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  1. #1
    Join Date
    Sep 2009
    Location
    Cuyahoga Falls, Ohio
    Posts
    14

    Default 1st home and steam heat

    My husband and I just bought a home built in 1931. This house was kept well over the years. Not too many upgrades have occur (everything thing on the out side has been overhauled, windows, siding, roof and new garage) but the house has retained it's charm with original plaster walls, beautiful oak hardwood floors, large moldings and pretty fireplace with a wood burner in the basement.

    Now as you can imagine there are some quarks such as some slanting floors, hairline plaster cracks, etc. But the biggest thing is the steam heat... The boiler is new (less than 5 years old) but we have all the original radiators. We finally turned the heat on since the inspection and yes hiss, hiss spit, spit. Reading about the one pipe system I have decided to replace the steam vents. Downstairs we have the automatic steam values that are looking pretty old and in need of replacing. Upstairs we have the Hoffman 1A air valves which adjust and look in much better shape but still need replaced. What the advantage to adjustable air vents? Are they more quiet? Is there a reason they are on the second floor in every bedroom (the bathroom on the second floor does not have the adjustable air vent)?

    When I went to the hardware store they just kind of looked at me with the expression "you still have steam heat." They really couldn't answer my questions and directed me to a store that still carried them. I still got the same look from them and even though they carried the product they couldn't answer my questions either... I really don't want to have a HVAC guy come over just for some steam valves.. Any suggestions?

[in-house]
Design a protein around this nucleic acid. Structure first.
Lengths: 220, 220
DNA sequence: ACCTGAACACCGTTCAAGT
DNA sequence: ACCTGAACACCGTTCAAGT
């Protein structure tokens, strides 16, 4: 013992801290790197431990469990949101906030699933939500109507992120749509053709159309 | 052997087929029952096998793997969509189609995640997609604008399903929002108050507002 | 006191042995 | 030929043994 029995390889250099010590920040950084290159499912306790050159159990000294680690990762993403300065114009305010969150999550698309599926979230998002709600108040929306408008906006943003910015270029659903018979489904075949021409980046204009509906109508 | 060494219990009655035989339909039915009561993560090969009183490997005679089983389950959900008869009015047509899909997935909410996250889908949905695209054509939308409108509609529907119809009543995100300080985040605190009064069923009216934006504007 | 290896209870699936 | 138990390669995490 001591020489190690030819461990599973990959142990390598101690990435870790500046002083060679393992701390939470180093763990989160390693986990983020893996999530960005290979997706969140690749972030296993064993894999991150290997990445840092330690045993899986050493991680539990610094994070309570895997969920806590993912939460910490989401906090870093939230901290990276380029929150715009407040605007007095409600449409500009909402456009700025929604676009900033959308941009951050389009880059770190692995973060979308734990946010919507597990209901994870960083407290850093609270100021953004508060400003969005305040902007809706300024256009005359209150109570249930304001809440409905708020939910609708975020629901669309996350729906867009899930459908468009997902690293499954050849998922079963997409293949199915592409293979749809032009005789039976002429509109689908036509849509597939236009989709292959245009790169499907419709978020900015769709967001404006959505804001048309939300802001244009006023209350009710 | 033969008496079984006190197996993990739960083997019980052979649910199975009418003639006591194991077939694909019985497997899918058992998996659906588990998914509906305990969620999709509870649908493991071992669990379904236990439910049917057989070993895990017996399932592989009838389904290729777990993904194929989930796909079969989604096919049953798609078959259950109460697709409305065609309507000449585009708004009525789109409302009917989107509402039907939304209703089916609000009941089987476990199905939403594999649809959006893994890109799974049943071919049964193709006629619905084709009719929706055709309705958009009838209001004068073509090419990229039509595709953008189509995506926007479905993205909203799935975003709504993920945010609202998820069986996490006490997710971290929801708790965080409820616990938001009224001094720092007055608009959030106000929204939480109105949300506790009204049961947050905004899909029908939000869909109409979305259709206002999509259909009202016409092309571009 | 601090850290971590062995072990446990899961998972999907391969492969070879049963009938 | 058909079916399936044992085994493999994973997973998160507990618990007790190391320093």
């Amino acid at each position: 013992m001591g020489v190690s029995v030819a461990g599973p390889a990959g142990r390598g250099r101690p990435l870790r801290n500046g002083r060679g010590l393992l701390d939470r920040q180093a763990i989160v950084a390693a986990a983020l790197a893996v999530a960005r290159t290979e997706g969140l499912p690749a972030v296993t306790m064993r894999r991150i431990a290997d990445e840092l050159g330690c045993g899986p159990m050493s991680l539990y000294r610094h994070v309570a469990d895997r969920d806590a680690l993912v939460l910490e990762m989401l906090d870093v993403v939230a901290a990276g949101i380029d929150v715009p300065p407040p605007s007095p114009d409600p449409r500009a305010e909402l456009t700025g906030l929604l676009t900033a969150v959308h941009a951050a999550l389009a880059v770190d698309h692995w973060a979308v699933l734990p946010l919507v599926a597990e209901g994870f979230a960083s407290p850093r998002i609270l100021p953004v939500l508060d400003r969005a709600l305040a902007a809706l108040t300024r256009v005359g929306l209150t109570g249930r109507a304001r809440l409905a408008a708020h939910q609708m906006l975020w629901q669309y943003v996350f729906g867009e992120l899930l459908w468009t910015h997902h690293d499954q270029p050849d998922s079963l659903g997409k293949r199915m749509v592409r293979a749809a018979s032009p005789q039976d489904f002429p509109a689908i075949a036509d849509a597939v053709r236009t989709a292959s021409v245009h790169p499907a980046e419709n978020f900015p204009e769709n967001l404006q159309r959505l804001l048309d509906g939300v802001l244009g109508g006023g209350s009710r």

2. #2
    Join Date
    Feb 2008
    Posts
    556

    Default Re: 1st home and steam heat

    mchema:

    You're doing the right thing!!

    Read up as much as you can on how steam heat works & try to get the maximum benefit from your present system---if after one heating season you contemplate & can afford to update or change the heating system, then you can decide at that time---I would recommend you look at baseboard type forced hot water if you are seriously considering a change.

    There is still a wide application for steam heat, especially in commerical venues, and especially in older, large cities---New York City is the leader, but Boston, Cleveland, Chicago & other large northern cities also maintain a presence, especially in large apartment complexes.

    Since you are very close to Cleveland, you will find a wide number of parts houses and service support spe******ts who still work daily on steam systems---but don't ignore Akron---consult the Yellow Pages in both cities under "Heating Supplies---parts" for heating supply houses that carry steam components---most of them will now sell to homeowners as well as contractors.

    Steam heat requires a certain amount of maintenance on a weekly basis: 1) you should "blow down" the boiler water once a week from the drain faucet (open the drain faucet into a bucket & vent 1/2 to 1 gallon) to maintain a reasonably clear color to the water in the sight glass at the front of the boiler; 2) the sight glass should be maintained at the 1/2 full level & should be checked for this regularly during the week--you may have to work a valve to add more water to the boiler to get it up to the 1/2 mark in the sight glass.

    Since steam heat is considered an OPEN SYSTEM (open to the atmosphere) there is no way to prevent the accumulation of rust & dirt from clogging the system---the components are made of cast iron & steel, and are subject to rusting---whenever the system comes on, these rust particles are forced toward the branch and radiator vents and eventually clog them up, and the system loses efficiency and must be cleaned as best as possible.